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Lilly v. Sav-On Drugs Inc.

Decided: September 29, 1959.


Scherer, J.s.c.


Plaintiff is a corporation of the State of Indiana not authorized to transact business in the State of New Jersey. It does not have a certificate from the Secretary of State as required by R.S. 14:15-4. It filed the present suit to compel the defendant to comply with minimum prices fixed for the resale of plaintiff's products, in accordance with N.J.S.A. 56:4-3 et seq. , generally known as the Fair Trade Act. The facts are substantially undisputed and appear in the affidavits filed by both parties.

Plaintiff is one of the largest dealers of pharmaceutical products in this country, if not in the world, and its products

are distributed throughout the United States and in foreign countries. Its office and principal place of business is in Indianapolis, Indiana. Plaintiff's products within the United States are sold to selected wholesale distributors and in interstate commerce. It is said that the business done in New Jersey represents 2.7% of its domestic sales. Plaintiff does not sell directly to the retail trade, but its products reach the retail trade through wholesale distributors. Plaintiff says that it leases no sales office, owns no real estate, and maintains no warehouse or other place of business in this State. Its products are "fair traded" in New Jersey under the above cited statute and it claims to have approximately 1,500 contracts in effect in this State signed by retailers of its products, under which these retailers agree to maintain the minimum price structure fixed by plaintiff.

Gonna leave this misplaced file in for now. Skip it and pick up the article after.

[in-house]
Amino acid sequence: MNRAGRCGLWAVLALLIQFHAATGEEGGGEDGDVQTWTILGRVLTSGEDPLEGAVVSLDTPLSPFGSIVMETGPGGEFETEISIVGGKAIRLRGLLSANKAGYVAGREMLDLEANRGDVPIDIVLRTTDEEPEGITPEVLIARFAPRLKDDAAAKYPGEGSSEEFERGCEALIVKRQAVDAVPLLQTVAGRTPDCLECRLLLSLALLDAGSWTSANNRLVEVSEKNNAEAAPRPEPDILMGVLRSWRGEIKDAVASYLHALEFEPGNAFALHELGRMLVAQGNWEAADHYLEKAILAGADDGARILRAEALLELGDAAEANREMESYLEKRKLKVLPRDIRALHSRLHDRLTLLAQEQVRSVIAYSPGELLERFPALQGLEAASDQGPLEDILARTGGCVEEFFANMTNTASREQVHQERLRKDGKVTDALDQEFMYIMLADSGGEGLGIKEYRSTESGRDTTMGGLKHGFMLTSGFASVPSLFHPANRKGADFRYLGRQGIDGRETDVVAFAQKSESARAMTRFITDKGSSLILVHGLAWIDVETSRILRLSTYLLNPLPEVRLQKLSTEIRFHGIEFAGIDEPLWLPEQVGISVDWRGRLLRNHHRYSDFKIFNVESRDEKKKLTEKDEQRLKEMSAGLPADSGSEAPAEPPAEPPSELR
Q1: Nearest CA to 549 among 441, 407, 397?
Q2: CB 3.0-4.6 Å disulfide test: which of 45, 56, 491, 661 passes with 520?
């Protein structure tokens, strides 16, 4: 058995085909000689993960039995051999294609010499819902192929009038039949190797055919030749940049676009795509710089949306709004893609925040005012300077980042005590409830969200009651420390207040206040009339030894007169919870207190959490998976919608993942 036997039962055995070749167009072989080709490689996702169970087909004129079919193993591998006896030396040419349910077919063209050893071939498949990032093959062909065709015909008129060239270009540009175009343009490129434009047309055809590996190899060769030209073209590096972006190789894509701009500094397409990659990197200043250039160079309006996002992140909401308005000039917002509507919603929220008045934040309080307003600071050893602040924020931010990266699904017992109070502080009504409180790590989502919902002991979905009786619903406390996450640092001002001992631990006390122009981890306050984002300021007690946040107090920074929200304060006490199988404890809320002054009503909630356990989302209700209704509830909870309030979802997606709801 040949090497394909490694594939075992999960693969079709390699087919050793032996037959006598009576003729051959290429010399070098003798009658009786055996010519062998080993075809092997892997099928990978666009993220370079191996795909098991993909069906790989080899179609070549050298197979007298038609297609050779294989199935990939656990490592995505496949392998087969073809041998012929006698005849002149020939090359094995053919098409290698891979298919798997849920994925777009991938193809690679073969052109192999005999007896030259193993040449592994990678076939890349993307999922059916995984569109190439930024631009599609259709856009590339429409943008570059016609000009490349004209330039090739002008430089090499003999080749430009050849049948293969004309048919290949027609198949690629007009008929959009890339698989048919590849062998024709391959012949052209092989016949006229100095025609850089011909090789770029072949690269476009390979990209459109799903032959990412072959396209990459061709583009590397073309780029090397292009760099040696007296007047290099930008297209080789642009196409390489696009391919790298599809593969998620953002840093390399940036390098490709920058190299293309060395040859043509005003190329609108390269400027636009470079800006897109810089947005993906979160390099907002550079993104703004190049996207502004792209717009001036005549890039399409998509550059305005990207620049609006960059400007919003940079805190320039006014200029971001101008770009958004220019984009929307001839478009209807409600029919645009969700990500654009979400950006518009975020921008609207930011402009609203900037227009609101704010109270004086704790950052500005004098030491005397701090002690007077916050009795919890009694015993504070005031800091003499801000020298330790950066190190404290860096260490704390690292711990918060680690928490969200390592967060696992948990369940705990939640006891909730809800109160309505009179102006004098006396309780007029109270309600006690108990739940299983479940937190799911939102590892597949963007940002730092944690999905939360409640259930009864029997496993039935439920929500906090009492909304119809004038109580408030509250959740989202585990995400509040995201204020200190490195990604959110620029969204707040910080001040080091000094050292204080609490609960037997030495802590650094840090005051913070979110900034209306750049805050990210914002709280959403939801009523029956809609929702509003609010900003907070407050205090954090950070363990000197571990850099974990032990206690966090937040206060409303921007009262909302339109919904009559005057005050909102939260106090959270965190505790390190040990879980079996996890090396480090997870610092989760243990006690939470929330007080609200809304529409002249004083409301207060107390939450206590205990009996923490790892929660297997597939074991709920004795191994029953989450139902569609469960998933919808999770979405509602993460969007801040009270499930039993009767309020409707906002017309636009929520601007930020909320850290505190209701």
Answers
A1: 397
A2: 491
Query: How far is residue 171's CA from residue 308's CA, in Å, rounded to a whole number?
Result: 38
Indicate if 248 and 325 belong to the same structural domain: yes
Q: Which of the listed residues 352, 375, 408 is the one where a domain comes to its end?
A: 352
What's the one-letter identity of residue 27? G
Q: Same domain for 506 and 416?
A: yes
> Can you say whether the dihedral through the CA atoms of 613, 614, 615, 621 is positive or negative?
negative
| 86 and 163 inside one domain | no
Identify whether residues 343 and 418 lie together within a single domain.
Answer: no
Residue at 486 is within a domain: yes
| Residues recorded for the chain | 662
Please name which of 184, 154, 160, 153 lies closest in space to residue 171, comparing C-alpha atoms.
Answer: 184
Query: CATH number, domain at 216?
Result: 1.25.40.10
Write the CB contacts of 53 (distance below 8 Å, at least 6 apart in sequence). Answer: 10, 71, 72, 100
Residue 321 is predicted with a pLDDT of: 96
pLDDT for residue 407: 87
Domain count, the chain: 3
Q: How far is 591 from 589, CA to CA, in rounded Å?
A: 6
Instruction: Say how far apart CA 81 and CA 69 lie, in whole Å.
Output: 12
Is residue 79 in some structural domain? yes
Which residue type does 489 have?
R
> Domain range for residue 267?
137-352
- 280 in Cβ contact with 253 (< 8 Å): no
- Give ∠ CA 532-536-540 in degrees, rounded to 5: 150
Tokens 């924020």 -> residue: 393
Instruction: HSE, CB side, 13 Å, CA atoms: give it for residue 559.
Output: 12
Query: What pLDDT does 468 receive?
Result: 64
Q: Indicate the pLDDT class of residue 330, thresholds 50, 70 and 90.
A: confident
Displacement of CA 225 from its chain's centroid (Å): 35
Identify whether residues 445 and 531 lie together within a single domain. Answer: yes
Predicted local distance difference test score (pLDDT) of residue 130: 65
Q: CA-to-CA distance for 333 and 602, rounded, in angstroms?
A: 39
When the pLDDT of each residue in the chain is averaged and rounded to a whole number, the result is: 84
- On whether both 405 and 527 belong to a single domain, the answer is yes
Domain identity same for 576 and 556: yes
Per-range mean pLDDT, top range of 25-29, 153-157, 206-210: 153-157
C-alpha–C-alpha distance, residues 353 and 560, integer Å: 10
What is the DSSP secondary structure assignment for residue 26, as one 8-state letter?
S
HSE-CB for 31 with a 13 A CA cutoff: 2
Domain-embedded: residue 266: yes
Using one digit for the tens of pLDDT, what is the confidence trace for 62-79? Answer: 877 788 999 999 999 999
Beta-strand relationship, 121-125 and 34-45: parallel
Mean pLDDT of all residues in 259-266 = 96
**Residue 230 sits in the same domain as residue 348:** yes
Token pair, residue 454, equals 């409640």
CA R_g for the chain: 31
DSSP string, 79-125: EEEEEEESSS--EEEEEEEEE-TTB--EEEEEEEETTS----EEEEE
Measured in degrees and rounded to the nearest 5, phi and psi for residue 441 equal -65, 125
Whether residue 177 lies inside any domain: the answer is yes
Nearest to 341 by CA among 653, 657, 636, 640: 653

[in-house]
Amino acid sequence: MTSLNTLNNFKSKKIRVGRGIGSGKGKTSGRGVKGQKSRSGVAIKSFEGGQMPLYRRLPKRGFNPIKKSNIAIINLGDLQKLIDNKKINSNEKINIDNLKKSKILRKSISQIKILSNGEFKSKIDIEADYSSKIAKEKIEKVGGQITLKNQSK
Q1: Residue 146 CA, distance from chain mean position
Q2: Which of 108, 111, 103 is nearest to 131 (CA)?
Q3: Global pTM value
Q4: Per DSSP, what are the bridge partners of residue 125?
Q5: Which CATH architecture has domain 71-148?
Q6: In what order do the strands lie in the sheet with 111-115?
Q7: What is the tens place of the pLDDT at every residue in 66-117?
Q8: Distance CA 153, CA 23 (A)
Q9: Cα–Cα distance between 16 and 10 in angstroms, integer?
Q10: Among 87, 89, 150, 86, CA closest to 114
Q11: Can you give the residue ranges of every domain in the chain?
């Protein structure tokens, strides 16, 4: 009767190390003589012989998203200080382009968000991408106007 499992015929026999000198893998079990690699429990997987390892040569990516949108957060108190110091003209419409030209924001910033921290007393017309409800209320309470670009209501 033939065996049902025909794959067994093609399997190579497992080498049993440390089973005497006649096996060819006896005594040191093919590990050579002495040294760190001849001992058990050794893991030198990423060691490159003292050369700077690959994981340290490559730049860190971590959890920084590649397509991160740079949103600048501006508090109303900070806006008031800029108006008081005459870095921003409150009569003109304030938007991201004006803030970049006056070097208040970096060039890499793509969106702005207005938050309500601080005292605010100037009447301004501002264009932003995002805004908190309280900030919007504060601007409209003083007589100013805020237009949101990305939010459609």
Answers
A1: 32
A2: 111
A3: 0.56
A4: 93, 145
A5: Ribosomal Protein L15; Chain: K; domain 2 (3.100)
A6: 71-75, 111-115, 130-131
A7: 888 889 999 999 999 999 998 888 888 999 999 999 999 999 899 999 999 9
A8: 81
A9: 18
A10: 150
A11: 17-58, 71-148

Defendant is a retail drug company with stores in Plainfield and Carteret. Defendant did not sign any contract, but it admits having notice of the fact that plaintiff has fair trade contracts in force and that it is, therefore, bound by the provisions of the Fair Trade Act, unless its other defenses are sustained. Even though a non-signer, defendant must maintain plaintiff's minimum price structure. N.J.S.A. 56:4-6; Lionel Corporation v. Grayson-Robinson Stores , 15 N.J. 191 (1954), appeal denied 348 U.S. 859, 75 S. Ct. 87, 99 L. Ed. 677 (1954).